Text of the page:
Beijing Olympics: Tibetans demonstrate outside the Swiss-based IOC

Reuters
Bangalore, India Updated: Feb 03, 2022, 09:09 PM(IST)

Tibetans march on Swiss-based IOC to protest Beijing Games Photograph:( AFP )

Story highlights

Hours earlier, Chinese President Xi Jinping said that the Beijing Olympics will be streamlined, safe and splendid, even as IOC President Thomas Bach decried boycott ghosts "rearing their ugly heads again" over human rights concerns.

Hundreds of Tibetan activists marched on the International Olympic Committee (IOC) on Thursday, a day before Beijing 2022 opens, accusing the Swiss-based organisation of complicity in "atrocities" committed against ethnic minorities in China.

Hours earlier, Chinese President Xi Jinping said that the Beijing Olympics will be streamlined, safe and splendid, even as IOC President Thomas Bach decried boycott ghosts "rearing their ugly heads again" over human rights concerns.

The United States, Britain and some other allied countries have staged a diplomatic boycott of the Games over those concerns.

"Today here we are gathered, Tibetans from at least eight different countries in Europe, in front of the IOC building to protest against IOC awarding the Winter Olympics 2022 to the Beijing government," Karma Choekyi, head of the Tibetan Community of Switzerland and Liechtenstein, told Reuters.

She said more than 150 Tibetans had self-immolated after the 2008 Beijing Summer Games because of "much repression in Tibet".

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"So to award yet again the Winter Olympics 2022 to Beijing means the IOC has not taken (account) of gross human rights violations by the Chinese regime on the people of Tibet, east Turkistan (Xinjiang), southern Mongolia and even the fragile democracy in Hong Kong," she said.

They were presenting to IOC security staff a petition signed by the presidents of 10 Tibetan communities in Europe.

"In Tibet there are no human rights and genocide is destroying the culture. That is why we came to stop the Beijing 2022," Lob Sang, a 36-year-old man born in Tibet who said he has lived as a refugee in the Netherlands since 2013, told Reuters.
The man, who declined to give his family name, said: "I have family in Tibet. I cannot contact them because in Tibet there is no social media."

Rights groups have long criticised the IOC for awarding the Games to China, citing its treatment of Uyghurs and other Muslim minority groups in the western Xinjiang region, which the United States has deemed genocide.

China denies allegations of human rights abuses and says it opposes the "politicisation" of sports.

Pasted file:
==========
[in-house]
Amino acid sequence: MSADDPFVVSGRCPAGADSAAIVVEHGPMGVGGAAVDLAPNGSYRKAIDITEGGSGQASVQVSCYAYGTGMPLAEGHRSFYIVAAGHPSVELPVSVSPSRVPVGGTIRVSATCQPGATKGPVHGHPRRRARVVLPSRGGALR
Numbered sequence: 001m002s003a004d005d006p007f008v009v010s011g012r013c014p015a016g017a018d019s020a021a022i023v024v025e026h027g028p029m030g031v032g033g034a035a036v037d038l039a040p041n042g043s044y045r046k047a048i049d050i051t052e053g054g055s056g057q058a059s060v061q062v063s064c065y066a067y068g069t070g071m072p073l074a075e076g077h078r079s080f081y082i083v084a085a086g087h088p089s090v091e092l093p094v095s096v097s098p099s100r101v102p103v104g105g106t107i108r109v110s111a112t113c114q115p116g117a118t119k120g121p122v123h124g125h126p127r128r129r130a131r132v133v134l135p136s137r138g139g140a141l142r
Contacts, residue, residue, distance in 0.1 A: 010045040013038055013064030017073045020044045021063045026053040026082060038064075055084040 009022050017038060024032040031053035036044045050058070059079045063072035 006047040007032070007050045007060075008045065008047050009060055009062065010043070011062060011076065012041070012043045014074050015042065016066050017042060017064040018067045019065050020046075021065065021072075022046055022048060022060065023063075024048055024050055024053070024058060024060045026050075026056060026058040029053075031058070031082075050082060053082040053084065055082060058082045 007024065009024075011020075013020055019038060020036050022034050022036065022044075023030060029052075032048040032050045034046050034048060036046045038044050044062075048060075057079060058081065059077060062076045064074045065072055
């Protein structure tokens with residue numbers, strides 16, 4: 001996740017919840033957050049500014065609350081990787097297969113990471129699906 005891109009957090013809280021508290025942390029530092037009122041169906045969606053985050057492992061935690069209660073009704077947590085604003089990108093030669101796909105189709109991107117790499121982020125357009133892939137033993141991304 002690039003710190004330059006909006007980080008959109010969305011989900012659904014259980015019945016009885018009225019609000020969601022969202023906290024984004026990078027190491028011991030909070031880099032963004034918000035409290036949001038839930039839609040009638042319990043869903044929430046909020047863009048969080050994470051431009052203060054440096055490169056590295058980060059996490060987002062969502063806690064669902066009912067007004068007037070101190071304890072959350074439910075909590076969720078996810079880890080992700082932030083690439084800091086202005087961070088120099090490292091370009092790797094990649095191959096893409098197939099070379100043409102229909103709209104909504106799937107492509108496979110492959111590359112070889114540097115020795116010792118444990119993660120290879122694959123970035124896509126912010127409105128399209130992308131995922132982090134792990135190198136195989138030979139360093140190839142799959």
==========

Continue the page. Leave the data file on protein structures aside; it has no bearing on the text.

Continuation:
"Despite well-documented evidence of systematic rights violations by China, the International Olympic Committee chose to place profit over people," the Tibetan exile group said in a statement after some 250 members gathered at the IOC.
Many were draped in Tibetan flags. Some carried a banner ‘No Rights No Games’ and signs saying ‘Save Tibet’ and ‘2022 Genocide Games’. 

China seized control of Tibet after its troops entered the region in 1950 in what it calls a "peaceful liberation". Ethnic Tibetans make up more than 80% of the population in the Tibet Autonomous Region, one of the most restricted areas in the country. Critics, led by exiled Tibetan spiritual leader the Dalai Lama, say Beijing`s rule amounts to "cultural genocide".

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Since Xi came to power a decade ago, China had intensified its crackdown on Buddhist learning centres and Buddhist religious sites, the statement said, adding: "China has committed and continues to commit cultural genocide in Tibet".

Friday`s start of the Games will turn attention away from criticism over human rights, a spokesman for the organising committee said.

"The so-called China human rights issue is a lie made up by people with ulterior motives," Zhao Weidong, spokesman for the Beijing Games, told Reuters in an interview on Thursday when asked if such criticism had undermined the Games.

"I want to emphasise that the Olympics is a great spectacle for athletes and sports fans across the world. From the current situation, many countries and athletes have expressed their support for the Beijing Winter Olympics," he said.

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